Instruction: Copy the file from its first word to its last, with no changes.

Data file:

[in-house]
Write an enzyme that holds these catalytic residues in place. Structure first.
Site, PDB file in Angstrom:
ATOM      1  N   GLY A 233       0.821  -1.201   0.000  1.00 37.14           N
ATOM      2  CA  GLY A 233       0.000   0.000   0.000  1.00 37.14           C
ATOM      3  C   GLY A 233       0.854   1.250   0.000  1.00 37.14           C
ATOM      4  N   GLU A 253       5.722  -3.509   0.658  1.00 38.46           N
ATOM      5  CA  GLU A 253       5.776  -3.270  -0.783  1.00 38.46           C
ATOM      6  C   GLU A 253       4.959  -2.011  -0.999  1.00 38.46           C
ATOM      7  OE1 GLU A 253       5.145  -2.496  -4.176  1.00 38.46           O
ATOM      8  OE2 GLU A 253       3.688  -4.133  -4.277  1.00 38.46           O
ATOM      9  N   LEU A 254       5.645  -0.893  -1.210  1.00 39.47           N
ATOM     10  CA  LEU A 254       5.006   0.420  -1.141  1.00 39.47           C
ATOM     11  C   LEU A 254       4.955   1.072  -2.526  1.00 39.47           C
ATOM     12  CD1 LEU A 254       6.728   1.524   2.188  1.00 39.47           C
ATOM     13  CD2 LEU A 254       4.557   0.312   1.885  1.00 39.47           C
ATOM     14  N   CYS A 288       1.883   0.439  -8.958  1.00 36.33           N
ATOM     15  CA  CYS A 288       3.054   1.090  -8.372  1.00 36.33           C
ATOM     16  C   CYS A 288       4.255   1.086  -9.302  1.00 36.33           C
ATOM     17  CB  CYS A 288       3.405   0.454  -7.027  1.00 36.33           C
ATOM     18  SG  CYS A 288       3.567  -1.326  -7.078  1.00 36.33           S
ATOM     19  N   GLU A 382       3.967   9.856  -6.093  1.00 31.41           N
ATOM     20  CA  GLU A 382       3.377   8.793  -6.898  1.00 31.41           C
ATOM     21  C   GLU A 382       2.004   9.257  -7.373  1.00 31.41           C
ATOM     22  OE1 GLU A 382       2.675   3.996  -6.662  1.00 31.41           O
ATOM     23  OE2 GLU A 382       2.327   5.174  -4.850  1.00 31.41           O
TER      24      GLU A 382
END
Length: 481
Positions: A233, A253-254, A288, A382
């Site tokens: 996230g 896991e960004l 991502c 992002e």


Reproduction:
[in-house]
Write an enzyme that holds these catalytic residues in place. Structure first.
Site, PDB file in Angstrom:
ATOM      1  N   GLY A 233       0.821  -1.201   0.000  1.00 37.14           N
ATOM      2  CA  GLY A 233       0.000   0.000   0.000  1.00 37.14           C
ATOM      3  C   GLY A 233       0.854   1.250   0.000  1.00 37.14           C
ATOM      4  N   GLU A 253       5.722  -3.509   0.658  1.00 38.46           N
ATOM      5  CA  GLU A 253       5.776  -3.270  -0.783  1.00 38.46           C
ATOM      6  C   GLU A 253       4.959  -2.011  -0.999  1.00 38.46           C
ATOM      7  OE1 GLU A 253       5.145  -2.496  -4.176  1.00 38.46           O
ATOM      8  OE2 GLU A 253       3.688  -4.133  -4.277  1.00 38.46           O
ATOM      9  N   LEU A 254       5.645  -0.893  -1.210  1.00 39.47           N
ATOM     10  CA  LEU A 254       5.006   0.420  -1.141  1.00 39.47           C
ATOM     11  C   LEU A 254       4.955   1.072  -2.526  1.00 39.47           C
ATOM     12  CD1 LEU A 254       6.728   1.524   2.188  1.00 39.47           C
ATOM     13  CD2 LEU A 254       4.557   0.312   1.885  1.00 39.47           C
ATOM     14  N   CYS A 288       1.883   0.439  -8.958  1.00 36.33           N
ATOM     15  CA  CYS A 288       3.054   1.090  -8.372  1.00 36.33           C
ATOM     16  C   CYS A 288       4.255   1.086  -9.302  1.00 36.33           C
ATOM     17  CB  CYS A 288       3.405   0.454  -7.027  1.00 36.33           C
ATOM     18  SG  CYS A 288       3.567  -1.326  -7.078  1.00 36.33           S
ATOM     19  N   GLU A 382       3.967   9.856  -6.093  1.00 31.41           N
ATOM     20  CA  GLU A 382       3.377   8.793  -6.898  1.00 31.41           C
ATOM     21  C   GLU A 382       2.004   9.257  -7.373  1.00 31.41           C
ATOM     22  OE1 GLU A 382       2.675   3.996  -6.662  1.00 31.41           O
ATOM     23  OE2 GLU A 382       2.327   5.174  -4.850  1.00 31.41           O
TER      24      GLU A 382
END
Length: 481
Positions: A233, A253-254, A288, A382
């Site tokens: 996230g 896991e960004l 991502c 992002e």